Hostname: page-component-848d4c4894-x24gv Total loading time: 0 Render date: 2024-05-26T06:57:13.527Z Has data issue: false hasContentIssue false

Studying Oil, Islam, and Women as if Political Institutions Mattered

Published online by Cambridge University Press:  25 November 2009

Alice Kang
Affiliation:
University of Wisconsin, Madison

Extract

By asserting that oil, not Islam, hurts gender equality, Michael Ross (2008) has made an important contribution to the debate on whether Islam bodes ill for women (Fish 2002; Inglehart and Norris 2003; Spierings, Smits, and Verloo 2009). Ross suggests that oil production decreases the number of female workers in countries with occupational segregation. The more women are left out of the formal economy, the fewer opportunities and resources they have for becoming influential political constituencies. According to Ross, “[t]his leaves oil-producing states with atypically strong patriarchal cultures and political institutions” (p. 107). Employing the same set of countries and data used in Ross (2008), I show that the institution of gender quotas, which is omitted from his statistical analyses, offsets the effects of oil rents on women's political representation. Gender quotas increase women's representation in Muslim majority and non-Muslim majority countries and in countries that are oil rich and oil poor. That “petroleum perpetuates patriarchy” (p. 120) is a tendency, not destiny.

Type
Critical Perspectives on Gender and Politics
Copyright
Copyright © The Women and Politics Research Section of the American Political Science Association 2009

Access options

Get access to the full version of this content by using one of the access options below. (Log in options will check for institutional or personal access. Content may require purchase if you do not have access.)

References

REFERENCES

Bhavnani, Rikhil. 2009. “Do Electoral Quotas Work after They Are Withdrawn? Evidence from a Natural Experiment in India.” American Political Science Review 103 (1):2335.CrossRefGoogle Scholar
Blofield, Merike. 2006. The Politics of Moral Sin: Abortion and Divorce in Spain, Chile and Argentina. New York: Routledge.Google Scholar
Brambor, Thomas, Clark, William Roberts, and Golder, Matt. 2006. “Understanding Interaction Models: Improving Empirical Analysis.” Political Analysis 14 (1): 6382.Google Scholar
Braumoeller, Bear. 2004. “Interaction Term Checklist for Authors With Annotated Stata Batch File for Graphing Interaction Effects.” http://polisci.osu.edu/faculty/braumoeller/custom/checklist.html (May 30, 2009).Google Scholar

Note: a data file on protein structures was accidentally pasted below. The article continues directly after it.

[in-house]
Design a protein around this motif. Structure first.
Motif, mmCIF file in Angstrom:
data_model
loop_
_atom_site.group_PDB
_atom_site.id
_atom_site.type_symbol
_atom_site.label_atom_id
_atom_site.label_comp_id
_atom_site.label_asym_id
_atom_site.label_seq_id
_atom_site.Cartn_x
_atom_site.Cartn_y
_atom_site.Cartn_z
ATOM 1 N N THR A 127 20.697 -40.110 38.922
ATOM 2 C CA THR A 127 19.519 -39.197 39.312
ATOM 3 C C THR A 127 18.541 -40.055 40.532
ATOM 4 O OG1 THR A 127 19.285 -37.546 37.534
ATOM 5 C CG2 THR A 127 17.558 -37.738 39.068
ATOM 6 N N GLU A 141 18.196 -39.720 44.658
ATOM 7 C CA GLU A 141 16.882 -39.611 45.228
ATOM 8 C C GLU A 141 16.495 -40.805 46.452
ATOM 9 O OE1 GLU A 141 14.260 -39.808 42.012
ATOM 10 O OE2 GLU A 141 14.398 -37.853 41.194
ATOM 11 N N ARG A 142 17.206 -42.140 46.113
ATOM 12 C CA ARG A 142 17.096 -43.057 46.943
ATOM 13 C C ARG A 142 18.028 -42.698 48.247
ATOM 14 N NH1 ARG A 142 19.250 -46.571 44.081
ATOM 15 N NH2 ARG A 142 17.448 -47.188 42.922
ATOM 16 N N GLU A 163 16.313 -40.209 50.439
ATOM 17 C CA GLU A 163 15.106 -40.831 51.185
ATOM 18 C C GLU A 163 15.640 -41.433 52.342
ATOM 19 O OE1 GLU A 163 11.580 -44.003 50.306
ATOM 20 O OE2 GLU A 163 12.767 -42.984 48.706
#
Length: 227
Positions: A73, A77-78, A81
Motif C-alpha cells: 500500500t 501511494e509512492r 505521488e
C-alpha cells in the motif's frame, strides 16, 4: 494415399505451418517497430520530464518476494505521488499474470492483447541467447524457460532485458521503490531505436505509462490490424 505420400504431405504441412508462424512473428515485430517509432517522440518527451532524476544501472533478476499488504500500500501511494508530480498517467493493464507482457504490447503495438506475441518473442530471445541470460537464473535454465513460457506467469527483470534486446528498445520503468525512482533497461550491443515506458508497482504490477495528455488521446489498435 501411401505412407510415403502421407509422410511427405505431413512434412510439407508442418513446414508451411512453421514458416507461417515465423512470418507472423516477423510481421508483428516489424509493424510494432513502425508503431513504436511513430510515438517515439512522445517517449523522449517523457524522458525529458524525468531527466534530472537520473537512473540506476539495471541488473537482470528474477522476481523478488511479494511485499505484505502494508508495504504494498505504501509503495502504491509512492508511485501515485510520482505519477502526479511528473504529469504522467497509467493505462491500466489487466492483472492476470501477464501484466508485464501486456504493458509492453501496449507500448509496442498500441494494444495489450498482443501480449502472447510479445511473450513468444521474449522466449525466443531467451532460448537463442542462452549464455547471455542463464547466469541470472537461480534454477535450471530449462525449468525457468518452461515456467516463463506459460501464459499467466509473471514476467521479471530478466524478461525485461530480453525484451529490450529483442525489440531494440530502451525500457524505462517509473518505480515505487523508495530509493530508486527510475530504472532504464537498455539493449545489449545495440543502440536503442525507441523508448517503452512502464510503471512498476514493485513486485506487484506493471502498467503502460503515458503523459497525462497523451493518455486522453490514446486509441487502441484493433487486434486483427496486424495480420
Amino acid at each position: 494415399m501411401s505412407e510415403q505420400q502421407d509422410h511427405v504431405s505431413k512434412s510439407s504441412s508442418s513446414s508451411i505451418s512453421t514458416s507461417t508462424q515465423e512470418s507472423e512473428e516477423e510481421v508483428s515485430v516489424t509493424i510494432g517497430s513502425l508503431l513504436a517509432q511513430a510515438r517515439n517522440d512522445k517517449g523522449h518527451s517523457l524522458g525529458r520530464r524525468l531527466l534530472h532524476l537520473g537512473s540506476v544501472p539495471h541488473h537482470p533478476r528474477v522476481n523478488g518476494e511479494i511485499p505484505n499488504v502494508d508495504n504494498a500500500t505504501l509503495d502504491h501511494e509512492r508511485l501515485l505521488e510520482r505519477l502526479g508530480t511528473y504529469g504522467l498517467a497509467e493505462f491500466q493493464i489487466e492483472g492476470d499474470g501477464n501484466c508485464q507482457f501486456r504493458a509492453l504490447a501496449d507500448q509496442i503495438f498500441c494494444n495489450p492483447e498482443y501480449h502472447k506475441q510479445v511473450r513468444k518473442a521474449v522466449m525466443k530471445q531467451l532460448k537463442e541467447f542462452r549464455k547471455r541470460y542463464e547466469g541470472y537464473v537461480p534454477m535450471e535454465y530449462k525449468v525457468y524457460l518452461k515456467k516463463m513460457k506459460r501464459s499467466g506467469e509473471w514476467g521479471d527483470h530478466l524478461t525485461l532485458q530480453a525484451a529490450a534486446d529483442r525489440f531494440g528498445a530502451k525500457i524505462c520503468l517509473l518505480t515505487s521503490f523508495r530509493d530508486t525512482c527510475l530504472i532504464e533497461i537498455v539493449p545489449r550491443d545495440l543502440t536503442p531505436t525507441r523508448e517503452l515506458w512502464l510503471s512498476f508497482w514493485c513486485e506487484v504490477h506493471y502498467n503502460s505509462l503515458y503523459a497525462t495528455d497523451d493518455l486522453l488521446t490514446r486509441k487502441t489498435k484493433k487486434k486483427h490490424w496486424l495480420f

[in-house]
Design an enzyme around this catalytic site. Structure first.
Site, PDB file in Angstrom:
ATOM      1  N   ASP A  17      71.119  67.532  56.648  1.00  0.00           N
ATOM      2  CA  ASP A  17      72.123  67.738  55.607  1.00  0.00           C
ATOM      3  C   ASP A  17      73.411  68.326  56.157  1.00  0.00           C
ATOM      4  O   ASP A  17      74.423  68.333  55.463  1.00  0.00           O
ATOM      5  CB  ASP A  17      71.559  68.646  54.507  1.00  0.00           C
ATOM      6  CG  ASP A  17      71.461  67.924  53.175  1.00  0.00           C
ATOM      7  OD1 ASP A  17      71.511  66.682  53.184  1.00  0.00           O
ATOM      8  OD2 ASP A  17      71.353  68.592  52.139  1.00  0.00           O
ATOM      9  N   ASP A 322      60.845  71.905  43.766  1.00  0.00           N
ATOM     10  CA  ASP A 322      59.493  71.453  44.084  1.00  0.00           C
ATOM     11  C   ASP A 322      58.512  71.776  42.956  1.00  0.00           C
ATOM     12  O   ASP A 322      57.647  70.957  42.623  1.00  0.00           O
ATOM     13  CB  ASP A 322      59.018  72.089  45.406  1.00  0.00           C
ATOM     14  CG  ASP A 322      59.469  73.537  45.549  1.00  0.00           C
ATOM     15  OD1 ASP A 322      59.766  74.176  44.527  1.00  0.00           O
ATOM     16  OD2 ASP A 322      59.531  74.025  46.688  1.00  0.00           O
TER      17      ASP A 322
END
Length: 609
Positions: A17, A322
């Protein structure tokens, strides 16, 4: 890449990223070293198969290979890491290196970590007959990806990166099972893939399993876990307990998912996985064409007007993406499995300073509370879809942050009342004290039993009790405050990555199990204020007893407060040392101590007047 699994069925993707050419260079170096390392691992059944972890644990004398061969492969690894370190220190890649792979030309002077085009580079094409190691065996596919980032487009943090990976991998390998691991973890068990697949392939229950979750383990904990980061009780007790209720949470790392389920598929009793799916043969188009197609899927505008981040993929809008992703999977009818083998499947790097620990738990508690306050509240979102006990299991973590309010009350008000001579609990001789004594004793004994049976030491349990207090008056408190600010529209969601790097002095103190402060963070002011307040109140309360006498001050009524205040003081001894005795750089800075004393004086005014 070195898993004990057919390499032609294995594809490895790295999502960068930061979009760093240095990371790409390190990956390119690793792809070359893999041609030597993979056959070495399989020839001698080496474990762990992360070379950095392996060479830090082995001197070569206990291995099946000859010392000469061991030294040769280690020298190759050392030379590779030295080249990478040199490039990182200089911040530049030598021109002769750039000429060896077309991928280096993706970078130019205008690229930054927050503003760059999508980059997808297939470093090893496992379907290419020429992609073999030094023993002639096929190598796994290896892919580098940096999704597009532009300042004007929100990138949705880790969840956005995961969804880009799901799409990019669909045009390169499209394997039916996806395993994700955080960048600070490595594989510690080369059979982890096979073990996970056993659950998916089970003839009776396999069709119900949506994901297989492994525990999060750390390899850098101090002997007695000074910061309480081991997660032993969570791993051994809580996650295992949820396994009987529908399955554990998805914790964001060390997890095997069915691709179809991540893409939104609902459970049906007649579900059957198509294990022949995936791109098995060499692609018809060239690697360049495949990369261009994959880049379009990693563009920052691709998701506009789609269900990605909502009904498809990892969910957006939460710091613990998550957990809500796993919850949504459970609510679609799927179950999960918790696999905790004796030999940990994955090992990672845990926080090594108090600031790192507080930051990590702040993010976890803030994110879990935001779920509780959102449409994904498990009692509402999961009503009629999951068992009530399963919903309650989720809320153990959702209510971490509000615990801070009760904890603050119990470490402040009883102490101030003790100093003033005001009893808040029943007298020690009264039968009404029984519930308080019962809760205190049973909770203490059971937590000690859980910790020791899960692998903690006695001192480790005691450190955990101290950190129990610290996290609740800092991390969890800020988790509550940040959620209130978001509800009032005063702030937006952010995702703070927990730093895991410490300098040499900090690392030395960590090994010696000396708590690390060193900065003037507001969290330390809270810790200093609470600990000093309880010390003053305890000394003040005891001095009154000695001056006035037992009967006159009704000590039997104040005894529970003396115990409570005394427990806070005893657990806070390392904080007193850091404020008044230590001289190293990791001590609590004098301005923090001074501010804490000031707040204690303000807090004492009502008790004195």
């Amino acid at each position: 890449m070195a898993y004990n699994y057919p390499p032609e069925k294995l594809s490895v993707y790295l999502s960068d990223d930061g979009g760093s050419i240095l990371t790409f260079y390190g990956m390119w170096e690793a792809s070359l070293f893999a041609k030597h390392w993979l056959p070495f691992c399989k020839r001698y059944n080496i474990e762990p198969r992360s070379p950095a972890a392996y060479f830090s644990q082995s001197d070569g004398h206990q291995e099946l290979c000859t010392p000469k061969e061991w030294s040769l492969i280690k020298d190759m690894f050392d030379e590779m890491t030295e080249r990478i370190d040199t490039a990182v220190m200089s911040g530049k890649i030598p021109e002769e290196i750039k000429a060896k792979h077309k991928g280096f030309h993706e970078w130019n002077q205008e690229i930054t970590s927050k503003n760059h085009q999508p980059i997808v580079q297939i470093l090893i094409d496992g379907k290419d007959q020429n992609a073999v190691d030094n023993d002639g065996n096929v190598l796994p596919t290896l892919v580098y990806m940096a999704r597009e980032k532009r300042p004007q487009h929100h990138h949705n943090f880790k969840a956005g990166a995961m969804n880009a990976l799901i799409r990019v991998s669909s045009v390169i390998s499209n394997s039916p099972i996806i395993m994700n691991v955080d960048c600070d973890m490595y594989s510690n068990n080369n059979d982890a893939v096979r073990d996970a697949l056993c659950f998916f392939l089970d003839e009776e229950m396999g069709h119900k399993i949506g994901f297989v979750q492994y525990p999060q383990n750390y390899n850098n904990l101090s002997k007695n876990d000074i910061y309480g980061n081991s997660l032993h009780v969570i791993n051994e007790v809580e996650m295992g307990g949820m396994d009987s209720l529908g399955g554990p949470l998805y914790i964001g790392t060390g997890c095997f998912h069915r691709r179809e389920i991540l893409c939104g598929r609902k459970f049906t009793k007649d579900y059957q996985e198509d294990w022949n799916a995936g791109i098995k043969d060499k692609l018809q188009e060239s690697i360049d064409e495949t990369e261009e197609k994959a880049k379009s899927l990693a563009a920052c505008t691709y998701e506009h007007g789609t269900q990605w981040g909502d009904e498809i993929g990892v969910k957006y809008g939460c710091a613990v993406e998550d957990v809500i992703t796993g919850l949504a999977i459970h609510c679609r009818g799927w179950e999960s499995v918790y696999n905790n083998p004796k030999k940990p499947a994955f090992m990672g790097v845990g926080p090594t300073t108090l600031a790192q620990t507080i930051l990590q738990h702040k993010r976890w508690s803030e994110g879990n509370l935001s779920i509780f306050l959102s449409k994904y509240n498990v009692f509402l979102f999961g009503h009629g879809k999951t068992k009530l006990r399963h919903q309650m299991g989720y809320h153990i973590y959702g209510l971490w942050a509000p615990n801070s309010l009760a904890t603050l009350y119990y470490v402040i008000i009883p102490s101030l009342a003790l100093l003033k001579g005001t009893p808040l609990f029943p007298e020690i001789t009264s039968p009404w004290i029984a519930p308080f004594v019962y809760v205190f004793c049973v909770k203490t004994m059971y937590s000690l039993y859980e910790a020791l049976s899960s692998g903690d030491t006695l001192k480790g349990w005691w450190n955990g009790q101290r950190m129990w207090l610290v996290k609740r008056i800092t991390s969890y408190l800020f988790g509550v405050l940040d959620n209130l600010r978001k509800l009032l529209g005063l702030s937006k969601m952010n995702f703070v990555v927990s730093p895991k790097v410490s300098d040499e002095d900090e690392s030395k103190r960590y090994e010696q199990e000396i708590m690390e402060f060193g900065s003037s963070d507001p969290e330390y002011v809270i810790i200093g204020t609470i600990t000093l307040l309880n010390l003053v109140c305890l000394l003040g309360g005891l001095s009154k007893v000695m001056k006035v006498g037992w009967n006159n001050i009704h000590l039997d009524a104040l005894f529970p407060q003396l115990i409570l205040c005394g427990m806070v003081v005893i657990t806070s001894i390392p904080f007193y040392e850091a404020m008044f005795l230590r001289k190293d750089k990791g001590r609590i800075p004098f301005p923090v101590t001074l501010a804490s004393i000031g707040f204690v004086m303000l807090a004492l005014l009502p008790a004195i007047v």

Charrad, Mounira. 2001. States and Women's Rights: The Making of Postcolonial Tunisia, Algeria, and Morocco. Berkeley and Los Angeles: University of California Press.Google Scholar
Dahlerup, Drude, ed. 2006. Women, Quotas, and Politics. New York: Routledge.Google Scholar
Dahlerup, Drude, and Freidenvall, Lenita. 2005. “Quotas as a ‘Fast Track’ to Equal Representation for Women: Why Scandinavia is No Longer the Model.” International Feminist Journal of Politics 7 (1): 2648.Google Scholar
Fish, Steven. 2002. “Islam and Authoritarianism.” World Politics 55 (1): 437.CrossRefGoogle Scholar
Helmke, Gretchen, and Levitsky, Steven. 2004. “Informal Institutions and Comparative Politics: A Research Agenda.” Perspectives on Politics 2 (4): 725–40.CrossRefGoogle Scholar
Htun, Mala. 2003. Sex and the State: Abortion, Divorce, and the Family Under Latin American Dictatorships and Democracies. Cambridge: Cambridge University Press.Google Scholar
Htun, Mala, and Jones, Mark. 2002. “Engendering the Right to Participate in Decision-Making: Electoral Quotas and Women's Leadership in Latin America.” In Gender and the Politics of Rights and Democracy in Latin America, ed. Nikki, Craske, and Maxine, Molyneux.New York: Palgrave.Google Scholar
Inglehart, Ronald, and Norris, Pippa. 2003. Rising Tide: Gender Equality and Cultural Change Around the World. Cambridge: Cambridge University Press.Google Scholar
International IDEA. 2009. “Global Database of Quotas for Women.” http://www.quotaproject.org/index.cfm (April 29, 2009).Google Scholar
Jones, Mark. 1998. “Gender Quotas, Electoral Laws, and the Election of Women: Lessons from the Argentine Provinces.” Comparative Political Studies 31 (1): 321.CrossRefGoogle Scholar
Krook, Mona Lena. 2009. Quotas for Women in Politics: Gender and Candidate Selection Reform Worldwide. Oxford: Oxford University Press.Google Scholar
Mehlum, Halvor, Moene, Karl, and Torvik, Ragnar. 2006. “Institutions and the Resource Curse.” Economic Journal 116 (508): 120.CrossRefGoogle Scholar
Paxton, Pamela, Hughes, Melanie, and Painter, Matthew. N.d. “Growth in Women's Political Representation: A Longitudinal Exploration of Democracy, Electoral System, and Gender Quotas.” European Journal of Political Research. Forthcoming.Google Scholar
Robinson, James, Torvik, Ragnar, and Verdier, Thierry. 2006. “Political Foundations of the Resource Curse.” Journal of Development Economics 79 (2): 447–68.Google Scholar
Ross, Michael. 2008. “Oil, Islam, and Women.” American Political Science Review 102 (1): 107–23.CrossRefGoogle Scholar
Spierings, Niels, Smits, Jeroen, and Verloo, Mieke. 2009. “On the Compatibility of Islam and Gender Equality: Effects of Modernization, State Islamization, and Democracy on Women's Labor Market Participation in 45 Muslim Countries.” Social Indicators Research 90 (3): 503–22.Google Scholar
Tripp, Aili Mari, and Kang, Alice. 2008. “The Global Impact of Quotas: On the Fast Track to Increased Female Legislative Representation.” Comparative Political Studies 41 (3): 338–61.Google Scholar